This will be the most interesting week of the election as far as I’m concerned. It is the week that the candidates have to sum up all the issues and charges they have raised for months in order to firm up the support they have generated with voters.
Of course there have been, as the news said last night, about 7,000,000 early voters so far – everyone in my household included – and the reports of an Obama lead (based mostly on post-voting surveys, I guess) could have some influence on those who make up their minds at the last minute. There are always those who merely want to vote with a winner.
This will be the week of outrageous e-mail, at least from one side. Politifact.com has already awarded a “pants on fire” designation to a new one claiming Obama is preparing to re-design the American flag “to better offer our enemies hope and love.” The fact that there are people who might believe this crap is as scary as the fact that there is a campaign (or its unmentioned support groups) that would put it out.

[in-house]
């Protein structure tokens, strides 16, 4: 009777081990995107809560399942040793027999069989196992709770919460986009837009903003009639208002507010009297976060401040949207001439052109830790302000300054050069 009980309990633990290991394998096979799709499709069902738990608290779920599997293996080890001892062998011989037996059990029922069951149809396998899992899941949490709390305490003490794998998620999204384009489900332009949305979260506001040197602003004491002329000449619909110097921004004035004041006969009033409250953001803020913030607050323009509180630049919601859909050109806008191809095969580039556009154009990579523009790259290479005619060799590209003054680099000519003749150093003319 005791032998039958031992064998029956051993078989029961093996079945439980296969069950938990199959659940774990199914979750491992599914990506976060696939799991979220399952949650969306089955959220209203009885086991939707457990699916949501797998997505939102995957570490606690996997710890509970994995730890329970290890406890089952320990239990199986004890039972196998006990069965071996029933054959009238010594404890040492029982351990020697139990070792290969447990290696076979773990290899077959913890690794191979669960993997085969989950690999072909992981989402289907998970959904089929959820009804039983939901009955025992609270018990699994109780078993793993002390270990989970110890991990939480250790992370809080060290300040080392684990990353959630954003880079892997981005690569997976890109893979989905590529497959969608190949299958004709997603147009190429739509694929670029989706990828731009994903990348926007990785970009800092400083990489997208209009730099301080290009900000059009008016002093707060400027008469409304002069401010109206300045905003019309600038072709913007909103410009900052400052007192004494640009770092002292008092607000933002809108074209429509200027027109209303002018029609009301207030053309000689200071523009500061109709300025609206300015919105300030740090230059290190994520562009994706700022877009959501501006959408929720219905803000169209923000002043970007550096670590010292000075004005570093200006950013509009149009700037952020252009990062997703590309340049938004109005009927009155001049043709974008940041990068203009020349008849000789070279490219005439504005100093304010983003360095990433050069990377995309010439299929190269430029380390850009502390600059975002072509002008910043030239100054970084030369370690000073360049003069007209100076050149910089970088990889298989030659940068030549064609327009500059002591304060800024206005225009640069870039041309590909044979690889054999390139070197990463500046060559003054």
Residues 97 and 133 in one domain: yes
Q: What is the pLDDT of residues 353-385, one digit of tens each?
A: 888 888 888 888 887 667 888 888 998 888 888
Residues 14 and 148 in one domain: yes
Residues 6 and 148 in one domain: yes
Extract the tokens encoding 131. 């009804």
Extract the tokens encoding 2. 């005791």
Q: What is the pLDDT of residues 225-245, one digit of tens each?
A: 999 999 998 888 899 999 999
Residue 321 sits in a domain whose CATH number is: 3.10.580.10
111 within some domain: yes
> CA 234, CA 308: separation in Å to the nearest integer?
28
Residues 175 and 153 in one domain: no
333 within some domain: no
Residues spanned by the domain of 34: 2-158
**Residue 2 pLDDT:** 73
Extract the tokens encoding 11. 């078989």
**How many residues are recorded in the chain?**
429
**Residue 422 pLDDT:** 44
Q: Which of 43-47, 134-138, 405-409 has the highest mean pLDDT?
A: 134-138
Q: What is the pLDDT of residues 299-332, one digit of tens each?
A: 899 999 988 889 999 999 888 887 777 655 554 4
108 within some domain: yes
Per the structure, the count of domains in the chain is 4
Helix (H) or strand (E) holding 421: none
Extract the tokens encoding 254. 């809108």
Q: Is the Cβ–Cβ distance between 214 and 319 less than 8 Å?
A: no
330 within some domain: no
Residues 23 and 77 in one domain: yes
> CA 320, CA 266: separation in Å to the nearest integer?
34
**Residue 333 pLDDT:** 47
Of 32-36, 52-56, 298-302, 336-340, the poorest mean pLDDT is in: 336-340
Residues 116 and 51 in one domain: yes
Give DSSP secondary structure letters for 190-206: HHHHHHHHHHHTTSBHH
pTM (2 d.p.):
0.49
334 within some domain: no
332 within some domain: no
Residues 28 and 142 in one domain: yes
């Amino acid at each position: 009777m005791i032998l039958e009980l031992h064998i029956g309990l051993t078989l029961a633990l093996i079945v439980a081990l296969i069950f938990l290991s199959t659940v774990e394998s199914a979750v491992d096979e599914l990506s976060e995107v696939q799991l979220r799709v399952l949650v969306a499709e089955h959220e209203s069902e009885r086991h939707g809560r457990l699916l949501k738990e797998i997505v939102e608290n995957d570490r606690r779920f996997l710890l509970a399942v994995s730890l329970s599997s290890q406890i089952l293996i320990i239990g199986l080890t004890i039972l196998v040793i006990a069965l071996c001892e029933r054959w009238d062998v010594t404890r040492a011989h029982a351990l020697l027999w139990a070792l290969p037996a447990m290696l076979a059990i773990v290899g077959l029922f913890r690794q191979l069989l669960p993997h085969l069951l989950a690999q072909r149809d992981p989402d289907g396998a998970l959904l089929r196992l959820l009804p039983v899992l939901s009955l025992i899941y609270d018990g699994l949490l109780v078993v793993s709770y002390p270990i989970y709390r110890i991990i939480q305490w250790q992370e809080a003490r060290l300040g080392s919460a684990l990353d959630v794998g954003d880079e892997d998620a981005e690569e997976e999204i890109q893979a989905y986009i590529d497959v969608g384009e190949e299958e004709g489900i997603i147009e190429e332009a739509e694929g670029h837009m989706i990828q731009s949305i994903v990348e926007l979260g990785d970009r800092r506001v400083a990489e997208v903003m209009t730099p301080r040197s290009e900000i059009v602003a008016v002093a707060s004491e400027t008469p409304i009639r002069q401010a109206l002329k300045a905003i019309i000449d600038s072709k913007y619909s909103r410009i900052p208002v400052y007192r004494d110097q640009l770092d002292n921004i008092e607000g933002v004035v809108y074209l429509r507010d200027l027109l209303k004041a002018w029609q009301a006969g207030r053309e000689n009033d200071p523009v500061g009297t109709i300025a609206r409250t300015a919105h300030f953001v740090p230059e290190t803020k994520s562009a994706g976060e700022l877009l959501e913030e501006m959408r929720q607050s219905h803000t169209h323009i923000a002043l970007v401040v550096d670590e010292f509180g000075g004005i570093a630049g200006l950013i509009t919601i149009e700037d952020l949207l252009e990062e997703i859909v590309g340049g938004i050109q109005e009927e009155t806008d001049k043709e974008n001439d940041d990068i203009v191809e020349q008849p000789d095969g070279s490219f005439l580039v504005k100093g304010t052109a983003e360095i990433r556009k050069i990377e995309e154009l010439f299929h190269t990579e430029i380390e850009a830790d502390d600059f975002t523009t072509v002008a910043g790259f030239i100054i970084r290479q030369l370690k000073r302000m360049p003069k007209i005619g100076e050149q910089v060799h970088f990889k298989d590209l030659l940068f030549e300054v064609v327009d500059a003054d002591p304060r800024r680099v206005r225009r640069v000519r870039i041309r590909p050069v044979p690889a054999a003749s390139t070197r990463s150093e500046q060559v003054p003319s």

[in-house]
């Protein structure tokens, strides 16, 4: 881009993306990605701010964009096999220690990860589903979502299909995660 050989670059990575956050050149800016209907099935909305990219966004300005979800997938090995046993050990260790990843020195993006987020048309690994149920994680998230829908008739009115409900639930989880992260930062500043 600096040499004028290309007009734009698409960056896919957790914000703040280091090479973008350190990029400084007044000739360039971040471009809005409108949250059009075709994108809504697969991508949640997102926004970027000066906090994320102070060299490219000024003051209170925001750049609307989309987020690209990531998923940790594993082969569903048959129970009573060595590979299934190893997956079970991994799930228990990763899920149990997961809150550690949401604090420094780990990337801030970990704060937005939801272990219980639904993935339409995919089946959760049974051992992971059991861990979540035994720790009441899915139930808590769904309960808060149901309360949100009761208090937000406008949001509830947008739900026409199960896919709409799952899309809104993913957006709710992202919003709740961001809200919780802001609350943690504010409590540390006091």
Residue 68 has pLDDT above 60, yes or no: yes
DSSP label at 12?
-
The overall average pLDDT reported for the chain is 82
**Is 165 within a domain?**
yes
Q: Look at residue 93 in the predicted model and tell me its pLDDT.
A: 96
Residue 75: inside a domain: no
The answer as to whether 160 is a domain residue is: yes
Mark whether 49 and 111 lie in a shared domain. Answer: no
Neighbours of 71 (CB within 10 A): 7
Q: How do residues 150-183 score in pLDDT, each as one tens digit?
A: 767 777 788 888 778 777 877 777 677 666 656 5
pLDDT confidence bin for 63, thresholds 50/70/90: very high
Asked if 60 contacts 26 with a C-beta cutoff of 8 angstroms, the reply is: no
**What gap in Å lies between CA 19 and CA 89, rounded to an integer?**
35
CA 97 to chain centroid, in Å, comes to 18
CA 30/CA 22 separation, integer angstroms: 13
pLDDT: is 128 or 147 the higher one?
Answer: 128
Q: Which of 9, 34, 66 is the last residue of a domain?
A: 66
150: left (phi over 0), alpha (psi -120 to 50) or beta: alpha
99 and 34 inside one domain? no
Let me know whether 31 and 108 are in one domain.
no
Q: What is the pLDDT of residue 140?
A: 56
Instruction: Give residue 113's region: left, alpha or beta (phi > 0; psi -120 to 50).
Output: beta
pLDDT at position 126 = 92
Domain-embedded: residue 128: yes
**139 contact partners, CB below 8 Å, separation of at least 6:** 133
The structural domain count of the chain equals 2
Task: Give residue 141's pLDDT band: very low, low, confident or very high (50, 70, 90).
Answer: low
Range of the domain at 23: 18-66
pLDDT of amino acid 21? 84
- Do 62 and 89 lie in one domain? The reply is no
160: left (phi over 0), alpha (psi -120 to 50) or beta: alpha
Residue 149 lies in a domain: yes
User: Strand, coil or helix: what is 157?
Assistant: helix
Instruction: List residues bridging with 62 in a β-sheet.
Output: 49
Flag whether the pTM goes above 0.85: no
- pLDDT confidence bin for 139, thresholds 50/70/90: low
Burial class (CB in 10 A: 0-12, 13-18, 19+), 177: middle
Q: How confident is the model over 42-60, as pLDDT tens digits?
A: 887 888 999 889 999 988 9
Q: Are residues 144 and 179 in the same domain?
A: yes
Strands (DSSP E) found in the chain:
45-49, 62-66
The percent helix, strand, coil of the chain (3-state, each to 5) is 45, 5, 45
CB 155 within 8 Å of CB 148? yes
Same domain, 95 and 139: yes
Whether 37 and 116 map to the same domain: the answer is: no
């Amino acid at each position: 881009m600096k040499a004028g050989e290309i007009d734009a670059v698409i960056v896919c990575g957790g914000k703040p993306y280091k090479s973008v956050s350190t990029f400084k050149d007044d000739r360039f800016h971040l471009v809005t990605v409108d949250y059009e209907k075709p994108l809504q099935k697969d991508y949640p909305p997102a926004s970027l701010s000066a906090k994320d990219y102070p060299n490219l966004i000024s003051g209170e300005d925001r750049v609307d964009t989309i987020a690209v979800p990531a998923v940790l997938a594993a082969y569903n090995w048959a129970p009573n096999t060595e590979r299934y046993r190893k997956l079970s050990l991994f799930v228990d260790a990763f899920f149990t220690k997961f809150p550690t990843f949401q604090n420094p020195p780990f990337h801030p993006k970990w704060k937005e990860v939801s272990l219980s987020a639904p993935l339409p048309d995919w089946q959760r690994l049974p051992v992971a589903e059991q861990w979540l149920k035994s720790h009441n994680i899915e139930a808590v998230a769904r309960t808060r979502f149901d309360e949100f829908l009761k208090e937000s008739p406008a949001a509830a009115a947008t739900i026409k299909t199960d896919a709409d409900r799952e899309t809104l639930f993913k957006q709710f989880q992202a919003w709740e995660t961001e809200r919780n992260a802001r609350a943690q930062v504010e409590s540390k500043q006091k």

The Financial Times, surprise surprise, has been added to the Obama endorsements after a long campaign coverage of seeming mostly pro-McCain. I guess this is the reason:
Mr Obama fought a much better campaign. Campaigning is not the same as governing, and the presidency should not be a prize for giving the best speeches, devising the best television advertisements, shaking the most hands and kissing the most babies.
Nonetheless, a campaign is a test of leadership. Mr Obama ran his superbly; Mr McCain’s has often looked a shambles. After eight years of George W. Bush, the steady competence of the Obama operation commands respect.
The focus of both campaigns early in the week appears to be Pennsylvania and Ohio. The basic thinking is that if McCain loses these he loses everything. Expect some pretty heavy mud-slinging here.